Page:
I came upon “Visual Ethnography: Tools for Mapping the AIDS Epidemic,” a 1990 article by Eric Margolis (who is quite famous for his visual ethnography work). This article is helping me “join the conversation” about visual ethnography as a method for studying health issues. Interestingly, Margolis was ahead of his time. In the wake of the recent digital humanities tide (manta: “put a map on it!”), Margolis situates mapping illness as an important way to figure out where health issues exist and the best means to treat them. He also describes image making rhetorically. He argues, “Skepticism that statistics do not tell the whole truth actually makes it possible for us to interpret quantitative data. In a similar vein, being aware that visual images distort and misrepresent reality can help us to define an appropriate role for the use of nonverbal images in qualitative studies” (371). Later, he adds that visuals can “mislead differently” than language (and I assume he’s talking about print texts?) (374). Margolis helpfully traces the history of the incorporation of photographs into sociology and ethnography; he also distinguishes this from photojournalism. (Note: one of this first and most famous uses of photograph in anthropology dates back to Margaret Mead and Gregory Bateson’s study of Bali). Regarding issues of health, Margolis argues that photographs “convey a human scales that is missing in volumes of words and statistics” and that they “have the potential to not just illustrate but illuminate; social processes, events, relationships, and meanings can be discovered in photographs and graphic images” (374). As a case study, he analyzes the work of a San Francisco-based health outreach group, which aims to stop the spread of AIDS by tracking it ethnographically and then working in those areas to prevent transmission (375). What’s not so great about this work is that Margolis seems to unreflexively incorporate image of individuals who are part of multiple marginalized groups without any regard for the individuals themselves. For instance, there is a picture of “prostitutes” receiving condoms from a health worker and a “transvestite” sitting on a car. Margolis does not talk about how these images were solicited, if people gave permission to be photographed, what the people in the photographs thought of the photographs, etc.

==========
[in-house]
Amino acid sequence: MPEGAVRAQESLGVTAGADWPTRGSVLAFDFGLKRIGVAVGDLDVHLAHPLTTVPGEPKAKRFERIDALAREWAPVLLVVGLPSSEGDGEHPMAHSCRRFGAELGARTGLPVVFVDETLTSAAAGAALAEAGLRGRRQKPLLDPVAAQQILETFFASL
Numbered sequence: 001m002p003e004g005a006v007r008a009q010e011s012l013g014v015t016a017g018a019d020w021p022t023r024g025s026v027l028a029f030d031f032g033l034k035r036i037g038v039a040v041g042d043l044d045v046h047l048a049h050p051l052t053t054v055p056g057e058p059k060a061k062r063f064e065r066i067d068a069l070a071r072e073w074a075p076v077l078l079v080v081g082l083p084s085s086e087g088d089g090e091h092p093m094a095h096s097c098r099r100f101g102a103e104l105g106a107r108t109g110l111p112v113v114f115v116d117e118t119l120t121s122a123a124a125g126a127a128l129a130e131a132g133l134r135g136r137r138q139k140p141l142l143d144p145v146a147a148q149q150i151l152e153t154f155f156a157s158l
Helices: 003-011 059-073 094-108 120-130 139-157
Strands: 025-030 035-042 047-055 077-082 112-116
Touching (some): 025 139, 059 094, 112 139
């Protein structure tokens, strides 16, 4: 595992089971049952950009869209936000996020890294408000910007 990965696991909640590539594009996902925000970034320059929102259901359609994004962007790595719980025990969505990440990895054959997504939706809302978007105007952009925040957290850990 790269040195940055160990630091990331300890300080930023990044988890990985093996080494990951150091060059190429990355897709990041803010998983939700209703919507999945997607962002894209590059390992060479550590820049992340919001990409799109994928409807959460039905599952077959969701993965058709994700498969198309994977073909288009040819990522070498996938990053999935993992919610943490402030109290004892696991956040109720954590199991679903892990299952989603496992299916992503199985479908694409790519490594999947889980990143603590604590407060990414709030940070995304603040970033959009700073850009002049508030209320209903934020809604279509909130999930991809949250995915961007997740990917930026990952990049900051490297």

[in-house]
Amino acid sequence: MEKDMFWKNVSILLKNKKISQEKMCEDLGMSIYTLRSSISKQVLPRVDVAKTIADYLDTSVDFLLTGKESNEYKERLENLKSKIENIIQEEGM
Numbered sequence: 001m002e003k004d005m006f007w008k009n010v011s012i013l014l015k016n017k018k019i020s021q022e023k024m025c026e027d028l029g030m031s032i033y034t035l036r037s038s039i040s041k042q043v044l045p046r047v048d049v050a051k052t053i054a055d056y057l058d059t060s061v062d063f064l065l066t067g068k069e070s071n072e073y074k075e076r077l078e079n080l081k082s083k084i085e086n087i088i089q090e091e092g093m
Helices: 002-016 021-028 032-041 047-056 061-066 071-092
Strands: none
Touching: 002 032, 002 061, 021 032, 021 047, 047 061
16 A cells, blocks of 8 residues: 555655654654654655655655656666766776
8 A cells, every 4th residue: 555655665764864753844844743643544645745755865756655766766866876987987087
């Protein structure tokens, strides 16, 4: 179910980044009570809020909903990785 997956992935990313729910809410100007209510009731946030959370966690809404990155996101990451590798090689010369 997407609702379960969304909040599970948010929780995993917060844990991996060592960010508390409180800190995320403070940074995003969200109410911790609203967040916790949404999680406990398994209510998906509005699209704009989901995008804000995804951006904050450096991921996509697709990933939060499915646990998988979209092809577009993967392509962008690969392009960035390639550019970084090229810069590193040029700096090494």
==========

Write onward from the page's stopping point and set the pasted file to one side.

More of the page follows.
Thankfully, there are plenty of other texts to fill in the gaps. A 2015 review article about participant photography as a research method in nursing studies by Balmer, Griffiths, and Dunn lays out how researches might plan, create and interpret photographic data, ethical and legal considers, and impact on research. Other recent texts, such as Melvin Delgado’s Urban Youth and Photovice: Visual Ethnography in Action (2015) as well as
Some texts, including Urban Youth and Photovoice and Switza et al., “Visualizing harm reduction: Methodological and ethical considerations” (2015), focus on photovoice. I’m not sure how different photovoice vs. photo elicitation vs. photo production stories vs. visual ethnography are the same or if they are actually separate methods. I’m grateful that Switza et al. has a lengthy literature review about photo methods in health research and points me to Collier (1957) and Harper (2002) to learn about photo elicitation and Wang (1999) and Wang and Burris (1997) and Wang et al. (2004) to learn about photovoice. A few studies (such as Morrison and Thomas 2015 and Bukhave and Huniche 2015) focus on work and occupation, which usefully intersects with my health humanities research. Others highlight literacy (Wargo 2015). Apparently these methods fall under “arts-based research,” which is interesting to me because I originally approached my investigation from a narrative-based research perspective.
I’m excited to see what comes of this…but for now I have to go eat dinner because I am getting cranky.